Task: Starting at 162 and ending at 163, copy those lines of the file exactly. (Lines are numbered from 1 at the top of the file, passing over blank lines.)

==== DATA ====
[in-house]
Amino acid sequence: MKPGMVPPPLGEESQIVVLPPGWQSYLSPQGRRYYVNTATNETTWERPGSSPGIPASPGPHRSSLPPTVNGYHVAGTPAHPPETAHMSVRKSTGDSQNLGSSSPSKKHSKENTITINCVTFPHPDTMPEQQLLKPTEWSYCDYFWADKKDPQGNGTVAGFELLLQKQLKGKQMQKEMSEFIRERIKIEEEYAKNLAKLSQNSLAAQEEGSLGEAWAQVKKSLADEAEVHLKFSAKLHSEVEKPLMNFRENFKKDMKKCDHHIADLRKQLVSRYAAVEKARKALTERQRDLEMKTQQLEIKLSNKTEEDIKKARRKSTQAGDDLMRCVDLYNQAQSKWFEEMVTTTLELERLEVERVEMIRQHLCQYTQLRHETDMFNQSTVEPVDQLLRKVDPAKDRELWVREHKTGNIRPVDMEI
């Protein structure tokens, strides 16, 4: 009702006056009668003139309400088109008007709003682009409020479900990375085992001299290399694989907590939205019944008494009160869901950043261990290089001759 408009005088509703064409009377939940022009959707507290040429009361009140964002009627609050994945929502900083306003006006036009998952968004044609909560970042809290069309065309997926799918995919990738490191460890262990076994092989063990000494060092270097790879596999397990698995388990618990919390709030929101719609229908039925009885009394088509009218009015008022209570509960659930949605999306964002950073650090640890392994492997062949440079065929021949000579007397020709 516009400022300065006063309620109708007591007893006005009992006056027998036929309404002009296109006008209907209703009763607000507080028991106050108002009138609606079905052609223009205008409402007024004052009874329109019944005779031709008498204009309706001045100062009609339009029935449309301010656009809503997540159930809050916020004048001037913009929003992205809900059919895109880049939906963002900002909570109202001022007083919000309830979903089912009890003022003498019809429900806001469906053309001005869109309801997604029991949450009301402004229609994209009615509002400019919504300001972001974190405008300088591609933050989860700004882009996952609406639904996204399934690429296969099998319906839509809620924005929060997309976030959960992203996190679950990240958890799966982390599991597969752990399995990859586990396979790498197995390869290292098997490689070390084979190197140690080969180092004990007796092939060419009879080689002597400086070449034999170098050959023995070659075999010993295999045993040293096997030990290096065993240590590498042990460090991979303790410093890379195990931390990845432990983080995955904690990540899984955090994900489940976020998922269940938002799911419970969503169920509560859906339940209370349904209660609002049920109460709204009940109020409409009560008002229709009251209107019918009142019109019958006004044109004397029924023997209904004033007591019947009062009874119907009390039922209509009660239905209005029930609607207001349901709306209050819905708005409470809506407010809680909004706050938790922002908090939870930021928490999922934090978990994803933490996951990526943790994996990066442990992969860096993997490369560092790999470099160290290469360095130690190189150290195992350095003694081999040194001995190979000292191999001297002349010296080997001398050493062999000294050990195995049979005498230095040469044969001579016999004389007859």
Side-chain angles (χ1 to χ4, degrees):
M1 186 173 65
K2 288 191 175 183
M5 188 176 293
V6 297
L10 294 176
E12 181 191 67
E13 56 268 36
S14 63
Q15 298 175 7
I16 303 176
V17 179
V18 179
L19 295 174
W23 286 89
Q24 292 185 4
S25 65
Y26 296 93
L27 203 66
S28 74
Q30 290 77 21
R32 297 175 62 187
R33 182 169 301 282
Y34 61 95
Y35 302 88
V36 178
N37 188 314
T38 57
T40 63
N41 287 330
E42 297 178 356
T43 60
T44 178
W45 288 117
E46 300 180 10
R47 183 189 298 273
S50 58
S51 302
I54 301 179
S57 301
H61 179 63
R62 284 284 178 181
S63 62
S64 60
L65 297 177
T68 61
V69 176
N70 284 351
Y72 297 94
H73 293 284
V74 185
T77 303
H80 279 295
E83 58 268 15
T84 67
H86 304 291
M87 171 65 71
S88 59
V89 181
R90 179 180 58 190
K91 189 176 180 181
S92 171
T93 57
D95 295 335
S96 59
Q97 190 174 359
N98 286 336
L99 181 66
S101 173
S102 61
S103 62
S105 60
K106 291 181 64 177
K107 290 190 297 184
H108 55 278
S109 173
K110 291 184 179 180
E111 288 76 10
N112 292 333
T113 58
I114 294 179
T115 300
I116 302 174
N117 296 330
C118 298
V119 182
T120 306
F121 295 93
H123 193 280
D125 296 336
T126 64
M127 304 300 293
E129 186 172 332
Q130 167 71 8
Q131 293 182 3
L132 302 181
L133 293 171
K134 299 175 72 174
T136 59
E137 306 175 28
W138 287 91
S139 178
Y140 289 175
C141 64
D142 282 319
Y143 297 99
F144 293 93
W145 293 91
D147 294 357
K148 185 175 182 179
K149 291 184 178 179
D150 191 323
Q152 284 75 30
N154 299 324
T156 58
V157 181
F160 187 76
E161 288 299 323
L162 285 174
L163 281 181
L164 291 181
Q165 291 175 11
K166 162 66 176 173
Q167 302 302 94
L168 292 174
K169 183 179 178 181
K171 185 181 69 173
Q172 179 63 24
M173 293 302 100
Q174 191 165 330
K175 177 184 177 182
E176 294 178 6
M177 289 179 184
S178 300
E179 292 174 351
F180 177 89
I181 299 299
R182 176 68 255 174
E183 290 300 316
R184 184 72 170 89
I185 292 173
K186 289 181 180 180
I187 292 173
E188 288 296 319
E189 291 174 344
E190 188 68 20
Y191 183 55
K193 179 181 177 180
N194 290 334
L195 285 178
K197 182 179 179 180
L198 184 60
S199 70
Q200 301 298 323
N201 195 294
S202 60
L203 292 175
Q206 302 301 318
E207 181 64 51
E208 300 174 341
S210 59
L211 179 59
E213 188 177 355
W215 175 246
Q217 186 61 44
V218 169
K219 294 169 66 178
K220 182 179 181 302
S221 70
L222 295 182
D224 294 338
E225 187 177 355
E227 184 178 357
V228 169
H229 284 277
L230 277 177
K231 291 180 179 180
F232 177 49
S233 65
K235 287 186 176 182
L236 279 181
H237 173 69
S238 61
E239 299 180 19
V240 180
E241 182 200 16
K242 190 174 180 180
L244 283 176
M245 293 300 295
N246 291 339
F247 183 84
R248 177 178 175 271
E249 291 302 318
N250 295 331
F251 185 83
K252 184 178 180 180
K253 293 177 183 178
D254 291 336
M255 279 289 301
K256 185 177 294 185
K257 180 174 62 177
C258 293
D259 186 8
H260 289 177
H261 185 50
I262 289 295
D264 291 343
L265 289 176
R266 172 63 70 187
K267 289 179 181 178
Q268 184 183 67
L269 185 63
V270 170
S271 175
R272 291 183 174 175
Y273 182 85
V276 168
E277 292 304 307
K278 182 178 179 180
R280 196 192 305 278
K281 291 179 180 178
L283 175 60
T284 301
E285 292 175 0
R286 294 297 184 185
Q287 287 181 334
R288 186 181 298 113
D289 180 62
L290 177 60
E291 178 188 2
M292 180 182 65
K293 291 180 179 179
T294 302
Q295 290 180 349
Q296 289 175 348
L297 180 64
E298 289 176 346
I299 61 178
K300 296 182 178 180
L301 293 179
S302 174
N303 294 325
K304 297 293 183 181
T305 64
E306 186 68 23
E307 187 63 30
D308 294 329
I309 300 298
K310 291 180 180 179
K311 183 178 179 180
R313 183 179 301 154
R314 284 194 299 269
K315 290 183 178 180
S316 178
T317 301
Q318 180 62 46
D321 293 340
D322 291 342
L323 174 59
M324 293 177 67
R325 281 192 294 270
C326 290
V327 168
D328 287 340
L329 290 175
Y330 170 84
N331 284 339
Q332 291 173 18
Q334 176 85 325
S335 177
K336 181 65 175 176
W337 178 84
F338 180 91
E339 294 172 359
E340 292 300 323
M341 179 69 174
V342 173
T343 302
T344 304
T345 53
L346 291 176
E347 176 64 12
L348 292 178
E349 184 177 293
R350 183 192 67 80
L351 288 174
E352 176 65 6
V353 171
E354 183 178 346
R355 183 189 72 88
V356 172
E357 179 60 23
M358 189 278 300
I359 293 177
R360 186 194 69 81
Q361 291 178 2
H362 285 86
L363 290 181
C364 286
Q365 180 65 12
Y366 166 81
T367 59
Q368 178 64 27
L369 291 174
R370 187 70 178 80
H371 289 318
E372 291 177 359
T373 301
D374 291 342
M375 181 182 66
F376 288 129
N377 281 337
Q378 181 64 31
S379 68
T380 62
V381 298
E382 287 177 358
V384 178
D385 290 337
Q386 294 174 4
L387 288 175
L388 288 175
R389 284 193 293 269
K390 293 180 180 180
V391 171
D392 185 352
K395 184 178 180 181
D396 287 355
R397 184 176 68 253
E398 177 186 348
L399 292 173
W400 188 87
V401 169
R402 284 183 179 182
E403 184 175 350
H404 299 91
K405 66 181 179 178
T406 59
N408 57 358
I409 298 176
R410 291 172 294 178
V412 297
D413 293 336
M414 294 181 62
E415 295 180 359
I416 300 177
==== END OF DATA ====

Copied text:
E207 181 64 51
E208 300 174 341